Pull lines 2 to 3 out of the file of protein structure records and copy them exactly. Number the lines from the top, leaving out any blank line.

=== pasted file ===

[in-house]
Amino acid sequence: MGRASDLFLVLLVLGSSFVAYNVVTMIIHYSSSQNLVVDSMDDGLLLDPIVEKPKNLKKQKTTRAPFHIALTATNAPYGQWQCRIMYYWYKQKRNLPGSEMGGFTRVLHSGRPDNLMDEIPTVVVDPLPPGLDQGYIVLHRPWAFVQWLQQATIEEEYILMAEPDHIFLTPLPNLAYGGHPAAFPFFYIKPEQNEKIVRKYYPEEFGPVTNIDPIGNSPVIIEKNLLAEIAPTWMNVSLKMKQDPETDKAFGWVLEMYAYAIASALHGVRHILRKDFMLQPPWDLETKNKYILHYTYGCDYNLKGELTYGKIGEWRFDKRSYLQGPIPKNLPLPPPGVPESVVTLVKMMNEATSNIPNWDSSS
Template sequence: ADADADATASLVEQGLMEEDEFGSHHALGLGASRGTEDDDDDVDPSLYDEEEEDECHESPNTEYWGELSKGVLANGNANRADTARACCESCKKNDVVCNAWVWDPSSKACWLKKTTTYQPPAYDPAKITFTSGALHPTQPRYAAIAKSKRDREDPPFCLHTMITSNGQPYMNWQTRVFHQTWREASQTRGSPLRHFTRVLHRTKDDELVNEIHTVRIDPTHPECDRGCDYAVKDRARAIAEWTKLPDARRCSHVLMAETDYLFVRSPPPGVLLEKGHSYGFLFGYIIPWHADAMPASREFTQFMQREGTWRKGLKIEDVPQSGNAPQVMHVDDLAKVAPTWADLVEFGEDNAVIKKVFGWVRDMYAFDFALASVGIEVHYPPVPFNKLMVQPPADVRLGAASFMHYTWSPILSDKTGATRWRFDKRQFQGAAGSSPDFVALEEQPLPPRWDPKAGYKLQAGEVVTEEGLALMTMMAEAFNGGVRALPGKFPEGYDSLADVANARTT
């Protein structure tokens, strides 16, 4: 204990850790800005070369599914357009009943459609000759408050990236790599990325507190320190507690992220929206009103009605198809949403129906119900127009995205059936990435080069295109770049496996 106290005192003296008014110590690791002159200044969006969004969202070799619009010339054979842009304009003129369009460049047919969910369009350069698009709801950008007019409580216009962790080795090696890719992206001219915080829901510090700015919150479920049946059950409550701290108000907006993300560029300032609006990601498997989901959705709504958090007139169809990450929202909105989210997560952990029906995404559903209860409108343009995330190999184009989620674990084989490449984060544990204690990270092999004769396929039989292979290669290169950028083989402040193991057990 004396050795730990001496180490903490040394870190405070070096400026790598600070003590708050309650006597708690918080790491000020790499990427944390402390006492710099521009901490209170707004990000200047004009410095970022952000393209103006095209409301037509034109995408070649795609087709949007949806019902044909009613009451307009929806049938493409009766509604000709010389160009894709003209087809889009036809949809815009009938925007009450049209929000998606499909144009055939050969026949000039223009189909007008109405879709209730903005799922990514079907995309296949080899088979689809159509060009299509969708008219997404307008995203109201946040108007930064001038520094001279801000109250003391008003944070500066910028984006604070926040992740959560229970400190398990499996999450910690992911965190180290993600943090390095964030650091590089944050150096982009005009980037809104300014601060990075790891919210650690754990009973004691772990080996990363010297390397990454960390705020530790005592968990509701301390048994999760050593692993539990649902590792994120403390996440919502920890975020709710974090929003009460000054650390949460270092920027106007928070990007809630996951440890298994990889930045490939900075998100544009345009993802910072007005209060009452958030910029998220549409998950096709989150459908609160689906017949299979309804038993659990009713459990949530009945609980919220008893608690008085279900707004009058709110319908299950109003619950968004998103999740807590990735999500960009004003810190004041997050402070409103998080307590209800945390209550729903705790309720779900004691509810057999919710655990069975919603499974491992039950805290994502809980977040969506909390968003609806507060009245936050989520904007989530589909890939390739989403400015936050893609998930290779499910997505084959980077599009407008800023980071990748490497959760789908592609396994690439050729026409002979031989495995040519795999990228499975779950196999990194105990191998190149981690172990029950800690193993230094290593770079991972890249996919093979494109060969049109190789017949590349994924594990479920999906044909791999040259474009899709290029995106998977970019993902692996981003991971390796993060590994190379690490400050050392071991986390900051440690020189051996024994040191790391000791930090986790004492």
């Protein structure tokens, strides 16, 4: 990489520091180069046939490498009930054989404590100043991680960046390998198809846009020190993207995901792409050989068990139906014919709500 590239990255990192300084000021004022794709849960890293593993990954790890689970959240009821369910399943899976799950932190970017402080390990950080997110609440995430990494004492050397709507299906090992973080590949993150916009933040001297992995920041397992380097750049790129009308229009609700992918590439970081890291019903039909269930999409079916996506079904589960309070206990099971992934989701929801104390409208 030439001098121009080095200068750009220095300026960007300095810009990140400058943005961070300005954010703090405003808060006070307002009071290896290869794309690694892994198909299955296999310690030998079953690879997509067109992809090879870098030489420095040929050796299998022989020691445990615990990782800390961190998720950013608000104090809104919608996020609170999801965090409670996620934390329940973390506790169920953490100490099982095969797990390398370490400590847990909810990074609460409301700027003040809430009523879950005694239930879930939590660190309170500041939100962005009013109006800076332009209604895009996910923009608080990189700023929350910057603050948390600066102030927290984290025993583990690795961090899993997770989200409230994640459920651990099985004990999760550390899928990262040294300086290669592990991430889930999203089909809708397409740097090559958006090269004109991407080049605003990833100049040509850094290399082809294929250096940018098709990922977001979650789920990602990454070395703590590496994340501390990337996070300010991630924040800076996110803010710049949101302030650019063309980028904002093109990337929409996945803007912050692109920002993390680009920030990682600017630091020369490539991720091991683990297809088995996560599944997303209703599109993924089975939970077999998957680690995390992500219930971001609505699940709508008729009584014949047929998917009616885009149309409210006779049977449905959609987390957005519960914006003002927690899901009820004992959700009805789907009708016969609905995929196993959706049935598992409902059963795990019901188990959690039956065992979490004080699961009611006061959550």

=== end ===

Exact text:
Amino acid sequence: MGRASDLFLVLLVLGSSFVAYNVVTMIIHYSSSQNLVVDSMDDGLLLDPIVEKPKNLKKQKTTRAPFHIALTATNAPYGQWQCRIMYYWYKQKRNLPGSEMGGFTRVLHSGRPDNLMDEIPTVVVDPLPPGLDQGYIVLHRPWAFVQWLQQATIEEEYILMAEPDHIFLTPLPNLAYGGHPAAFPFFYIKPEQNEKIVRKYYPEEFGPVTNIDPIGNSPVIIEKNLLAEIAPTWMNVSLKMKQDPETDKAFGWVLEMYAYAIASALHGVRHILRKDFMLQPPWDLETKNKYILHYTYGCDYNLKGELTYGKIGEWRFDKRSYLQGPIPKNLPLPPPGVPESVVTLVKMMNEATSNIPNWDSSS
Template sequence: ADADADATASLVEQGLMEEDEFGSHHALGLGASRGTEDDDDDVDPSLYDEEEEDECHESPNTEYWGELSKGVLANGNANRADTARACCESCKKNDVVCNAWVWDPSSKACWLKKTTTYQPPAYDPAKITFTSGALHPTQPRYAAIAKSKRDREDPPFCLHTMITSNGQPYMNWQTRVFHQTWREASQTRGSPLRHFTRVLHRTKDDELVNEIHTVRIDPTHPECDRGCDYAVKDRARAIAEWTKLPDARRCSHVLMAETDYLFVRSPPPGVLLEKGHSYGFLFGYIIPWHADAMPASREFTQFMQREGTWRKGLKIEDVPQSGNAPQVMHVDDLAKVAPTWADLVEFGEDNAVIKKVFGWVRDMYAFDFALASVGIEVHYPPVPFNKLMVQPPADVRLGAASFMHYTWSPILSDKTGATRWRFDKRQFQGAAGSSPDFVALEEQPLPPRWDPKAGYKLQAGEVVTEEGLALMTMMAEAFNGGVRALPGKFPEGYDSLADVANARTT